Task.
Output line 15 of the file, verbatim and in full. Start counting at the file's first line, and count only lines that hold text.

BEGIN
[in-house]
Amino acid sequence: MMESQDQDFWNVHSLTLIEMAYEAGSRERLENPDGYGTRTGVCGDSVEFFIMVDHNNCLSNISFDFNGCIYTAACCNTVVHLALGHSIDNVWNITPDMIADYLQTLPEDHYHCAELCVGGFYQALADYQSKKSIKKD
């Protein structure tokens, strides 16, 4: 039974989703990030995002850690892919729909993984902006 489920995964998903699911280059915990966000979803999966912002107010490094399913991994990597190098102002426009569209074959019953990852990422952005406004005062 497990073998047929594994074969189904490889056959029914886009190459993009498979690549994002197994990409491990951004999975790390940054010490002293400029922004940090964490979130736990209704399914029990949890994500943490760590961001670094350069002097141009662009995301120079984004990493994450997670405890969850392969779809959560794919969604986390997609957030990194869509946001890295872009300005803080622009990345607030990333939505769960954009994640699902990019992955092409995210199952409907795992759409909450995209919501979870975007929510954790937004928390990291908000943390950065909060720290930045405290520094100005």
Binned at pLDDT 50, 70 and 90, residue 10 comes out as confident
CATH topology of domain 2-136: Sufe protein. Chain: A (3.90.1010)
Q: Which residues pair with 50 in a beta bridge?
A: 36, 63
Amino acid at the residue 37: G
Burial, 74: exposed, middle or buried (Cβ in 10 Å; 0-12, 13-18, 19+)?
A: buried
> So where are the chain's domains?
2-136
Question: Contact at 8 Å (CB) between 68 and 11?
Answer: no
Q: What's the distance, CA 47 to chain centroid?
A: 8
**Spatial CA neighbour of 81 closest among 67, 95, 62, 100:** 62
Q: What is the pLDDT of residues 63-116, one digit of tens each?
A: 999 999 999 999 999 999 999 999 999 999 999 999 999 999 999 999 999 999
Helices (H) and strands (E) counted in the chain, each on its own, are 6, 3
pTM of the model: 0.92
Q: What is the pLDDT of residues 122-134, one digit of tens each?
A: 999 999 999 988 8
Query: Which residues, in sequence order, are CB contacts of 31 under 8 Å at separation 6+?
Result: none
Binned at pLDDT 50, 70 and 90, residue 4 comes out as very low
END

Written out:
Q: What's the distance, CA 47 to chain centroid?